BRITAIN’S economy is facing a period of “flattish growth”, according to the Bank of England’s chief economist.
Spencer Dale, who is also a member of the Bank’s Monetary Policy Committee, made the comments after meeting around 100 Yorkshire businesses during a two-day fact-finding tour of the region,
Speaking in Hull after visiting businesses in York, Driffield and Beverley, Mr Dale said he had been struck by the determination of local firms to gain clear guidance from the Government about energy policy.
Siemens is planning a huge factory to build offshore wind turbines at the Port of Hull, and it has been hoped that if it pushes ahead it could also attract other major manufacturers to set up bases along the banks of the Humber.
But the firm has yet to sign off a final deal and last month it was among several manufacturers who wrote to the Government calling for an end to the uncertainty over the level of Treasury support which will be available to the offshore wind industry.
Mr Dale said: “The message you get, particularly in Hull, is that, ‘We don’t want to get left behind.’
“I was really struck by just how many senior businessmen place considerable weight on the Siemens contract and getting a clear steer from central Government on energy policy.”
At its latest meeting, the MPC voted to maintain the official Bank rate paid on commercial bank reserves at 0.5 per cent.
Mr Dale and his colleagues carry out fact-finding tours of the UK regions, to help shape their policy decisions.
Mr Dale said: “For most people, the last couple of years have been tough. And for most people, if you ask them what’s happening to business conditions now, the adjective I hear is ‘it’s sort of flat’. Things aren’t going downwards, but likewise we’re not yet seeing any signs of very strong growth.
“It is striking that whenever you come out on these trips, you do also speak to businesses where things are going an awful lot better than that, so it’s not all doom and gloom... often it’s because people are exporting what they produce.
“For those who are exposed to the export sector, particularly if they are exporting to faster growing parts of the world, such as the Middle East and the Far East, you find that they have a good story to tell.”
During his trip to Yorkshire Mr Dale said he had heard success stories from manufacturers and hi-tech engineers.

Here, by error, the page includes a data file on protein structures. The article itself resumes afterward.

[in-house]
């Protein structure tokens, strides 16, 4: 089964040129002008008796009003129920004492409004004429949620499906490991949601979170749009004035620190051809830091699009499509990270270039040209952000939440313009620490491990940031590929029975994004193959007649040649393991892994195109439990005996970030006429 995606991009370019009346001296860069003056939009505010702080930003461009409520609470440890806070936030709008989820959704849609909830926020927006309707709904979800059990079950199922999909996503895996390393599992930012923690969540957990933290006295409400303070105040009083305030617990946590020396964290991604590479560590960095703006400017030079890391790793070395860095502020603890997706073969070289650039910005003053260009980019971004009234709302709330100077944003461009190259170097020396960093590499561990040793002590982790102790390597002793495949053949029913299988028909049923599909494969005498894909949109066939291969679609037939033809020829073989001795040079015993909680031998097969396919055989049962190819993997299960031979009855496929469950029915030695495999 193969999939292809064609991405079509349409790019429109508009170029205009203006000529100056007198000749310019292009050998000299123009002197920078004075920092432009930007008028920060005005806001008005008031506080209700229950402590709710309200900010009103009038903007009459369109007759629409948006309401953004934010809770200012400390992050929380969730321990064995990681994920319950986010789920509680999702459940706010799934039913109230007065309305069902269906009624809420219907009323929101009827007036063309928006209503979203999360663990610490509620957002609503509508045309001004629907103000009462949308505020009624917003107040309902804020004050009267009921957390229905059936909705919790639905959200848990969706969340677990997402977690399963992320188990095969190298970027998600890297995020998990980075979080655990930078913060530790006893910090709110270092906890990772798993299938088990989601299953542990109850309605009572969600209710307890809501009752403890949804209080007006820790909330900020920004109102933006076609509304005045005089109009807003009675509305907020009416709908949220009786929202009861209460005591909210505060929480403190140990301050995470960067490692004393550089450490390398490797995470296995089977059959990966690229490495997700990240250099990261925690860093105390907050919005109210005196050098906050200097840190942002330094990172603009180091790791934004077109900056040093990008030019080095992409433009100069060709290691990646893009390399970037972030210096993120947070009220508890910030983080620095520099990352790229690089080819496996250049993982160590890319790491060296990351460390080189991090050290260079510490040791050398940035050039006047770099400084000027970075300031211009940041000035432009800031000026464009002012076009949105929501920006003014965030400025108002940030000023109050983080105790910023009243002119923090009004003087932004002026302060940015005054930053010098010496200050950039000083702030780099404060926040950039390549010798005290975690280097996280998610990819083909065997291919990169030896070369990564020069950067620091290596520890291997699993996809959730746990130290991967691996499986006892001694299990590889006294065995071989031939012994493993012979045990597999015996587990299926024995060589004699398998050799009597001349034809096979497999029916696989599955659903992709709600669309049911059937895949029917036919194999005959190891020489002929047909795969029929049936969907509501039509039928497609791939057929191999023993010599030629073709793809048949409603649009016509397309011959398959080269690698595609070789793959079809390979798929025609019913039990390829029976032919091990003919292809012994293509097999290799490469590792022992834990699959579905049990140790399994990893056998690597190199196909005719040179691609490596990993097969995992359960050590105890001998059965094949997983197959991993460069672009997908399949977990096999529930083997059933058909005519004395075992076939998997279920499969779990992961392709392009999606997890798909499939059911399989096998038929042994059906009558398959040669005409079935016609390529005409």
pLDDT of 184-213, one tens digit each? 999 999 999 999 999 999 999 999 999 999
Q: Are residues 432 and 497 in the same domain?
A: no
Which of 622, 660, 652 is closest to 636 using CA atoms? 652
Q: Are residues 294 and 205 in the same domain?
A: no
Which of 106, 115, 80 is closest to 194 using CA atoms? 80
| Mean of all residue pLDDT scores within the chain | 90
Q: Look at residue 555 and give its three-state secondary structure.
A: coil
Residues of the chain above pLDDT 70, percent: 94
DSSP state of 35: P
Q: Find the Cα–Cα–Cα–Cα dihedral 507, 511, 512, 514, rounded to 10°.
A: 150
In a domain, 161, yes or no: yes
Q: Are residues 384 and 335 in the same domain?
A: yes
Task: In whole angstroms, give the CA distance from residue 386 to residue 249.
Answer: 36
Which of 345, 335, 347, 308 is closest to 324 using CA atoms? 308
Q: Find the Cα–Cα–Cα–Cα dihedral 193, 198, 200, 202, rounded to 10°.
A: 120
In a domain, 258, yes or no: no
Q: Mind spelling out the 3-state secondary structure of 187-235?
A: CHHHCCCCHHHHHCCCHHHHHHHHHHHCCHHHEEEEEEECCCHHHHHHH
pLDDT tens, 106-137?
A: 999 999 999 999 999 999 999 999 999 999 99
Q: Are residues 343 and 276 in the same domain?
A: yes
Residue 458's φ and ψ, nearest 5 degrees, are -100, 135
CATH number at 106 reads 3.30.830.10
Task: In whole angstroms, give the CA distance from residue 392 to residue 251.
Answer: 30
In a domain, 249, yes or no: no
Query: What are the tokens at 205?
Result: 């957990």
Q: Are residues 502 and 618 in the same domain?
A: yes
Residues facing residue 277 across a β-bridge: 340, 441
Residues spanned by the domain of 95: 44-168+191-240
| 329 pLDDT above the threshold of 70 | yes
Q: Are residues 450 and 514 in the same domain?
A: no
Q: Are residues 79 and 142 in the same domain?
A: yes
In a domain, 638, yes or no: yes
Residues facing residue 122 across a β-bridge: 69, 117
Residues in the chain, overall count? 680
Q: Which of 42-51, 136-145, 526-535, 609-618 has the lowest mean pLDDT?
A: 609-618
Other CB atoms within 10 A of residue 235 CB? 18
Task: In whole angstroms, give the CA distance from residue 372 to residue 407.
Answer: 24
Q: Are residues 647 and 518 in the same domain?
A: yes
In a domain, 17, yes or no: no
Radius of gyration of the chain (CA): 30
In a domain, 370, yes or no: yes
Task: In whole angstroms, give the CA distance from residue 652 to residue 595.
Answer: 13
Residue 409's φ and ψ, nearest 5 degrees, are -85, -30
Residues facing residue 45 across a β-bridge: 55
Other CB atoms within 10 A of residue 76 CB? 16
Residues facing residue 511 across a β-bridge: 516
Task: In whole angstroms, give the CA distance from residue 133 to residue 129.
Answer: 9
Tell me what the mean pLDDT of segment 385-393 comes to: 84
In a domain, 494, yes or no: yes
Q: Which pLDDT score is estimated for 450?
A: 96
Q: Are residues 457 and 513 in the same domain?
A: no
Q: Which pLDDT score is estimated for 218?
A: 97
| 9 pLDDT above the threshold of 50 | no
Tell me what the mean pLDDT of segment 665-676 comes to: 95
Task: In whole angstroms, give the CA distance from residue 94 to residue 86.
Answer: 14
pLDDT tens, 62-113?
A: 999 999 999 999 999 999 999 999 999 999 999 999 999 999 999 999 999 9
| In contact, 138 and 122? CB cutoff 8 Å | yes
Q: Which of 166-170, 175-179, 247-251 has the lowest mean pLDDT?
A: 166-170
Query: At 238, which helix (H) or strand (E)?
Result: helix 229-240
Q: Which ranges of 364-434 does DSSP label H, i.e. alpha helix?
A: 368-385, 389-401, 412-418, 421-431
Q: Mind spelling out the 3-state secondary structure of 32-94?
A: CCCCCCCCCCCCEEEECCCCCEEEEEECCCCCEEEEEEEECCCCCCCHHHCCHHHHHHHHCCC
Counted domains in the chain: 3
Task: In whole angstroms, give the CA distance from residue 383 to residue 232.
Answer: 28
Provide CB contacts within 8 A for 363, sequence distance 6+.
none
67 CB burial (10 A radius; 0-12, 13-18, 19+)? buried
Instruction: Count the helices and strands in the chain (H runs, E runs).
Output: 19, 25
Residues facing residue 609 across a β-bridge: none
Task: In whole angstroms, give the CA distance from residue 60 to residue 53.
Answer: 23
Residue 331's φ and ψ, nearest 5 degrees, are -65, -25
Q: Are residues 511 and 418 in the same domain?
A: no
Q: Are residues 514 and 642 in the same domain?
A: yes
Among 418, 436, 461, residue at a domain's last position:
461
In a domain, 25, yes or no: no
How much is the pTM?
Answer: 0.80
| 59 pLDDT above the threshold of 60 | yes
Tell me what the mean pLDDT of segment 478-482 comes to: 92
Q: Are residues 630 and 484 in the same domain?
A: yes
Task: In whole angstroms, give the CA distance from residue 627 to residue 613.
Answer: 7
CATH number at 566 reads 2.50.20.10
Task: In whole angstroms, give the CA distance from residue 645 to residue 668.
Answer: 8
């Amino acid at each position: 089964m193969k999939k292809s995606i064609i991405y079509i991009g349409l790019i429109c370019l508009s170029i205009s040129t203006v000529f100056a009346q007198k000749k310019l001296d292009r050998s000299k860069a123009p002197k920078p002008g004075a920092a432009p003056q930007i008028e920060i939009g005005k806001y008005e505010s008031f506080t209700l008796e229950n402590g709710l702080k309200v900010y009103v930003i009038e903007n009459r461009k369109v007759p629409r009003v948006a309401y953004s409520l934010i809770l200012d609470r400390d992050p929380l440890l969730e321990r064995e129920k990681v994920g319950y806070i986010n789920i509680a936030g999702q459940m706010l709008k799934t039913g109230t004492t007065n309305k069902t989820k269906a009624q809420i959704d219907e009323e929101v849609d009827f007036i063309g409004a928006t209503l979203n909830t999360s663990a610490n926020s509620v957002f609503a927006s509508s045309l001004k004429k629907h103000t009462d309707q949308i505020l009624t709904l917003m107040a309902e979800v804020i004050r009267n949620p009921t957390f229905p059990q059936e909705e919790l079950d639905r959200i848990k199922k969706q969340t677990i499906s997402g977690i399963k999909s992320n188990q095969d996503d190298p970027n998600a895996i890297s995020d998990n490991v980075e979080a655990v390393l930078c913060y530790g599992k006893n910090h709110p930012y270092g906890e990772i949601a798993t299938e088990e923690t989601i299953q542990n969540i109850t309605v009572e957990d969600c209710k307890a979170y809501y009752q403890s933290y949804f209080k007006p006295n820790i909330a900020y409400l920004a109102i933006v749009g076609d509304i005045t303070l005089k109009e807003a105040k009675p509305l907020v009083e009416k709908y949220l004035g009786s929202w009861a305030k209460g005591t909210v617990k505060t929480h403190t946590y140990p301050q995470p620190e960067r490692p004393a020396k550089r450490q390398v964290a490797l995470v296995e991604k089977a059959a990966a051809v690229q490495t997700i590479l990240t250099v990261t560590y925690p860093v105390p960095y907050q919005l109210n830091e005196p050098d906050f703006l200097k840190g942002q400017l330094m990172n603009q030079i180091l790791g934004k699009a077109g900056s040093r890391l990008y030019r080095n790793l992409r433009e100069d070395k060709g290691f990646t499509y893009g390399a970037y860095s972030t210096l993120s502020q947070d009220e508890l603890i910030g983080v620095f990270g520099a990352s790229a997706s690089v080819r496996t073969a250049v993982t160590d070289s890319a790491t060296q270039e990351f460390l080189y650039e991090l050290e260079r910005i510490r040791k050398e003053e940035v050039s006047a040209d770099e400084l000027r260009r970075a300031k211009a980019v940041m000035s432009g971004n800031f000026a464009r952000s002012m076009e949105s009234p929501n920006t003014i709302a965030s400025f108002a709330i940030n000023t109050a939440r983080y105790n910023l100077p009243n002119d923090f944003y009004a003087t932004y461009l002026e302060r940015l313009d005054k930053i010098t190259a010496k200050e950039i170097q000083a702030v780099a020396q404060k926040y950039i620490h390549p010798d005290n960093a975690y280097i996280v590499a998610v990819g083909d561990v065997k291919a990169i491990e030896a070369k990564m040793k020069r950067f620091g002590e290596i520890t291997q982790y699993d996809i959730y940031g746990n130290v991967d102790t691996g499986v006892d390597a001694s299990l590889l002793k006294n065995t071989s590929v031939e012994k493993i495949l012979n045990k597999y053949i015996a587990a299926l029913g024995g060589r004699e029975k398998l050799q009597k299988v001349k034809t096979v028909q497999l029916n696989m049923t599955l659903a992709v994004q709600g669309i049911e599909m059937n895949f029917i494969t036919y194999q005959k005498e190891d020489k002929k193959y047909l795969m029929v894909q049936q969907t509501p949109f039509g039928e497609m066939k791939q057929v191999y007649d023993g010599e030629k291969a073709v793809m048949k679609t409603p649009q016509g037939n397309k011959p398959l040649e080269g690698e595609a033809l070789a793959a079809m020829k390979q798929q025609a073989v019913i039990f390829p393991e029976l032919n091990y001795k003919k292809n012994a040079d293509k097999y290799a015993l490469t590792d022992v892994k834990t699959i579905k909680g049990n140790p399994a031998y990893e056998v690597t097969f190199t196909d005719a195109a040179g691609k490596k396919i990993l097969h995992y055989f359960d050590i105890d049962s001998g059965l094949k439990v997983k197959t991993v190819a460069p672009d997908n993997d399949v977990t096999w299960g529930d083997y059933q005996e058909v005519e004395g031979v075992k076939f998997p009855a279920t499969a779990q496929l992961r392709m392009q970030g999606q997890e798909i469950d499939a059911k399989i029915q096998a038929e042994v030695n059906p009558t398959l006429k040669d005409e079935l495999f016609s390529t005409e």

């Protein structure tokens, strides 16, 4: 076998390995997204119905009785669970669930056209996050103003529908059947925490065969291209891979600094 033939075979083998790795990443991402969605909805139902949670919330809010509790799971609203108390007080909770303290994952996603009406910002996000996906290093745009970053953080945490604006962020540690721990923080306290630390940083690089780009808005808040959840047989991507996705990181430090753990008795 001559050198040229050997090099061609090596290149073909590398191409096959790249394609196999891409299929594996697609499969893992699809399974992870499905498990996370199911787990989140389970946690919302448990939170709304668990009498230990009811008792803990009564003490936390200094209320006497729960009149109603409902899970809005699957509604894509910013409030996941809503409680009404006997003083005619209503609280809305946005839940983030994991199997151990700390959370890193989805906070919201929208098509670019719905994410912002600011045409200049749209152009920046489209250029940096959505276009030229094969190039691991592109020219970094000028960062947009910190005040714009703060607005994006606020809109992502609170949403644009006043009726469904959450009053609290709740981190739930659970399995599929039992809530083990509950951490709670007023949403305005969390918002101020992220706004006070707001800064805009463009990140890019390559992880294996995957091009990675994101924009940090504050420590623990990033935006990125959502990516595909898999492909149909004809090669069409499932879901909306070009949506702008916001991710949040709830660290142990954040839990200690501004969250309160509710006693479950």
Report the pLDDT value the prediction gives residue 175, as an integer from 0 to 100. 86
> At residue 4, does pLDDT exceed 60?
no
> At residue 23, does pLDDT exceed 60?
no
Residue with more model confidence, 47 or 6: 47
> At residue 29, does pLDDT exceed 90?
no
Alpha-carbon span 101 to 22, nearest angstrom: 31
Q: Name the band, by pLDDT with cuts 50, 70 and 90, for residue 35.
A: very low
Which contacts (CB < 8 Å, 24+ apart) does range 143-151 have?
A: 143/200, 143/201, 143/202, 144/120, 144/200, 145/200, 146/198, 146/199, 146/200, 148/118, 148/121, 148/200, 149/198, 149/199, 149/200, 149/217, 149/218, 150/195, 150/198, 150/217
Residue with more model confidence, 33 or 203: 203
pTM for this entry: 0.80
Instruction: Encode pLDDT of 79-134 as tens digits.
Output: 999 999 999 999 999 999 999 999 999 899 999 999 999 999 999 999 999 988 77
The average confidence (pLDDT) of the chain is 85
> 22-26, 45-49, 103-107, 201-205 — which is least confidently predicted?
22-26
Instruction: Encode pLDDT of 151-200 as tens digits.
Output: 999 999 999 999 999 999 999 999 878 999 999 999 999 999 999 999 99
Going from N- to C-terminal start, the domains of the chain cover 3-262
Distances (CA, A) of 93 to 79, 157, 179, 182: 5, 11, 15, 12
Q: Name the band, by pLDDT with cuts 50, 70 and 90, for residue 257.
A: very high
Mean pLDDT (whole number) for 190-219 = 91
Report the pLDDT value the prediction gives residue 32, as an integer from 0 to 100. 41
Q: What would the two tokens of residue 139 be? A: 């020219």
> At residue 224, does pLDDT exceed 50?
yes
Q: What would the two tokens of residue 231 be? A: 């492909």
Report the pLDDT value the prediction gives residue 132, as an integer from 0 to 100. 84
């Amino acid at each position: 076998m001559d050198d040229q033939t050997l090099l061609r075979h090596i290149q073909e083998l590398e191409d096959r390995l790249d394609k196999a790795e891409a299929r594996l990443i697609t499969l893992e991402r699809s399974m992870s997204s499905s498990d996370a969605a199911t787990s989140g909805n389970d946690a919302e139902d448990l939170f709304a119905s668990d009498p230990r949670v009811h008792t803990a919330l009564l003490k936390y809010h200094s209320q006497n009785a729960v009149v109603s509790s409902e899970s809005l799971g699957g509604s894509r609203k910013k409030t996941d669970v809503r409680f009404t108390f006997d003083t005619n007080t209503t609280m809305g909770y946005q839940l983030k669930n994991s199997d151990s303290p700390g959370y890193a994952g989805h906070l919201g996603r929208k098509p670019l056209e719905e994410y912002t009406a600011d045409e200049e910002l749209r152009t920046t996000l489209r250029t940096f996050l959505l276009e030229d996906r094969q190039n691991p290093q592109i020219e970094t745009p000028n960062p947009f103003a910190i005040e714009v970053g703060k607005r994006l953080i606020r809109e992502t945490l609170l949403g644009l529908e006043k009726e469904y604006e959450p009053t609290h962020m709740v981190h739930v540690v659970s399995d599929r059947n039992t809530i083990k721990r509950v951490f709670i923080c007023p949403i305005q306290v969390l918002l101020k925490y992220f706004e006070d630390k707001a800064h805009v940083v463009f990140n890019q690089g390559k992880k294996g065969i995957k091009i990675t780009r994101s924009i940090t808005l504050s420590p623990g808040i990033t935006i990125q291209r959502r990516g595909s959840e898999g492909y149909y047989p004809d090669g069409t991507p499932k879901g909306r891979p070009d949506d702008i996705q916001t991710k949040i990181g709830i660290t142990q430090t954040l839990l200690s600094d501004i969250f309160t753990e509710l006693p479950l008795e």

He added: “Another story we heard last night at the dinner, was that there was another type of business that’s going well.
“Rather than exporting, these businesses made their USP (unique selling point) their knowledge of the local market. They provided really good, locally-based services, with a high emphasis on providing personal services with a strong local knowledge.”
Mr Dale said he had also met a local manufacturer who is doubling the size of his presence in India.
Bank of England policymakers disagreed over the exact impact of their asset purchases, according to the minutes of the Bank’s November meeting which were revealed on Wednesday.
David Miles was the only Monetary Policy Committee member to have voted for more QE this month, calling for another £25bn.
Inflation hit a five-month high of 2.7 per cent in October after a rise in university fees and food prices.
Speaking about the atmosphere at rate-setting meetings, Mr Dale said: “We’ll disagree, that’s the whole point of the MPC. The discussions are intense. There are two things to stress. One is that we are all trying to achieve the same thing, to hit the two per cent inflation target.
“We’re all in the same game. It’s done with considerable respect – nobody knows what the right answer is.
“Reasonable people will disagree, and moreover, you will learn and be persuaded by different arguments.
“We decided last week not to extend even further quantitative easing (QE).
“So far, we have carried out £375bn of QE. That money is providing considerable stimulus to the economy.
“What we have decided to do is not inject it even further, but that key stimulus is still there. At some point in the future, and I think this will be a quite considerable time in the future, based on our current forecasts, we will start to reverse QE.
He added: “Our central projection, in the inflation report we published last year, has inflation starting to fall back in mid 2013.
“Our central view is that inflation is sticky for the next year or so, and after that gradually gets down to target by early 2014.”